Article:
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Wednesday, February 2, 2011

The US' two-faces of Internet Freedom

"Isn't it Ironic.. Don't ya think?" - Alanis Morrissette "Ironic"

It seems the US' stance on Internet Freedom has different faces

Like for instance..

U.S. warns against blocking social media, elevates Internet freedom policies (Washington Post) Jan 28 -  "The decision by Egyptian officials to virtually shut down Internet access to the country Friday marked an audacious escalation in the battle between authoritarian governments and tech-savvy protesters. It was also a direct challenge to the Obama administration's attempts to promote Internet freedom."


Politicians and groups speak out on Egyptian Internet blocking (TechWorld) Jan 31 - "US Secretary of State Hillary Rodham Clinton called on the Egyptian government to restore communications in the country after reports that officials there had ordered Internet service providers to shut down outside traffic in response to ongoing protests. "We support the universal human rights of the Egyptian people, including the right to freedom of expression, of association and of assembly," Clinton said."

And Yet...

What exactly has been America's response to Wikileaks, hmm?

Something more like this...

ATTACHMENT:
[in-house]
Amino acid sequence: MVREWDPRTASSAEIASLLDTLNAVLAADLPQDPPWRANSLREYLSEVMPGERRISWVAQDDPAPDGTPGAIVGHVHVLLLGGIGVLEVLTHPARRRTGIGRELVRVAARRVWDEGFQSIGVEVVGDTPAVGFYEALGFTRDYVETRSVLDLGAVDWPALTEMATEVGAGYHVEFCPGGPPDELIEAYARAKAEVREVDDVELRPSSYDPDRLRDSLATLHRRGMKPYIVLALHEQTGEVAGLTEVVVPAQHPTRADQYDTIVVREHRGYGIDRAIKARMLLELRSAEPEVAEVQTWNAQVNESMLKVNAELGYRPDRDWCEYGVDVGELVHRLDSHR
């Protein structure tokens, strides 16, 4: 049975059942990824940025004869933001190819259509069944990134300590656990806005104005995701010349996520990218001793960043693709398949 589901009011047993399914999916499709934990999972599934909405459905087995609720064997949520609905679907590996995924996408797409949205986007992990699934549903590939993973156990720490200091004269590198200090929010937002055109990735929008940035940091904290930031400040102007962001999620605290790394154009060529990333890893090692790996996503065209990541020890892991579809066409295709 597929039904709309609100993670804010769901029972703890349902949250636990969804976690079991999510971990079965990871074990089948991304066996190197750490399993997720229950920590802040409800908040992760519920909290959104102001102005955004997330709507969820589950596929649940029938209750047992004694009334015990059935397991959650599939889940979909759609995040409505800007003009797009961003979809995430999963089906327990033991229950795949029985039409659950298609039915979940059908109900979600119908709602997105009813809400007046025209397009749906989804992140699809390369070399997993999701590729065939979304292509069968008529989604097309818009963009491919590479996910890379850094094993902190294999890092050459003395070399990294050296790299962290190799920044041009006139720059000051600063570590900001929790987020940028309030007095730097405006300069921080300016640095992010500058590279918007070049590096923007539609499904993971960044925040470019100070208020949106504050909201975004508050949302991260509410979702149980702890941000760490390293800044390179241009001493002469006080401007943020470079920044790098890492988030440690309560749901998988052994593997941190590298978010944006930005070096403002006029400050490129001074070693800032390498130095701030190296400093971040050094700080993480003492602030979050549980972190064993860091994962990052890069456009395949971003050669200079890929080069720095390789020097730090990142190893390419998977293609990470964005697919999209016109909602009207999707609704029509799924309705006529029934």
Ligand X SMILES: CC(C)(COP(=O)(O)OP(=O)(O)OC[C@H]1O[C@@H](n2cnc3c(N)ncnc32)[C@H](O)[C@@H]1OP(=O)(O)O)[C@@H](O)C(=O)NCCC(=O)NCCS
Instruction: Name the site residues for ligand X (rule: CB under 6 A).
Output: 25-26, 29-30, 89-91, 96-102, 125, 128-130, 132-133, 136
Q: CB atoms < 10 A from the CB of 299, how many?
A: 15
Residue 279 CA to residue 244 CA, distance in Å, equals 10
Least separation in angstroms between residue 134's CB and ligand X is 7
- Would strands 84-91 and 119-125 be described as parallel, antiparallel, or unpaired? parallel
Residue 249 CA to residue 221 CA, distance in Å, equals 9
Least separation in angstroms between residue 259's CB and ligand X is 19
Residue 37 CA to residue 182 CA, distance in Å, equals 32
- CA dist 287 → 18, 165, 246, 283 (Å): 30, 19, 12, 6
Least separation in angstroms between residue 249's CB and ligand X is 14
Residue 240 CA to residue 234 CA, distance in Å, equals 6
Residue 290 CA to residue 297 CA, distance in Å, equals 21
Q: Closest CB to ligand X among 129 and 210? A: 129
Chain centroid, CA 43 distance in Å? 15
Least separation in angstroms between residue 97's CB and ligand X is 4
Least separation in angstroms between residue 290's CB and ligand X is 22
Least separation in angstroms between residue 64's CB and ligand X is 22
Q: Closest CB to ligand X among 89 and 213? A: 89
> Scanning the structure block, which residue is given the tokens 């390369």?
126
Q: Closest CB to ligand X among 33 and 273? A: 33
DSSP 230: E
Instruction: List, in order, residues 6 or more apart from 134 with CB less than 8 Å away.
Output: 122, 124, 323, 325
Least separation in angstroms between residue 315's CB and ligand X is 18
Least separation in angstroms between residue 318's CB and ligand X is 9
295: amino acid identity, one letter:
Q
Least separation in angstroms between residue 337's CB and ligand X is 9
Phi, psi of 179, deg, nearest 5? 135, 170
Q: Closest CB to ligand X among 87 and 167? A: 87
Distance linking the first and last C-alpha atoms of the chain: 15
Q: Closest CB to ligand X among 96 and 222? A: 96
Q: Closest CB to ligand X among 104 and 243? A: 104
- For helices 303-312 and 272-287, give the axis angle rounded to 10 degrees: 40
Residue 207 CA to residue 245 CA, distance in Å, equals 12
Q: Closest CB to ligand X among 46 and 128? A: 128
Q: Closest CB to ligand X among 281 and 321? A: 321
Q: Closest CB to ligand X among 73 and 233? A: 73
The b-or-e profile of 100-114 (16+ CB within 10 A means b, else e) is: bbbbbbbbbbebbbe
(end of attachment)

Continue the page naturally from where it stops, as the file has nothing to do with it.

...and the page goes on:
Pentagon wants to censor Wikileaks (The Inquirer) Aug 6, 2010

WikiLeaks shutdown calls spark censorship row (Washington Post) Dec 3, 2010 - "The US opened new fronts in its fight against WikiLeaks today as civil rights groups accused the authorities of censorship."

Lieberman Praises Companies Helping Him Try To Censor Wikileaks  (TechDirt) Dec 9, 2010 - "Senator Joe Lieberman has apparently put out a statement, along with Senator Sue Collins, praising companies for following through on their political pressure to try to censor Wikileaks, calling them "good corporate citizens," and saying that people should support those companies for their willingness to bow down to government pressure."

Disappointing Poll: Americans Largely Supportive of Censoring WikiLeaks ( Dec 10, 2010 - "A new Marist-McClatchy poll has revealed a disappointingly strong opposition to the notion of a free press in the United States. The poll showed strong support for the notion of censoring WikiLeaks and prosecuting anyone involved in the publication of classified data."

~ Funny how Americans passionately believe in free, uncensored internet speech abroad and yet are so quick to surrender those same freedoms at home.

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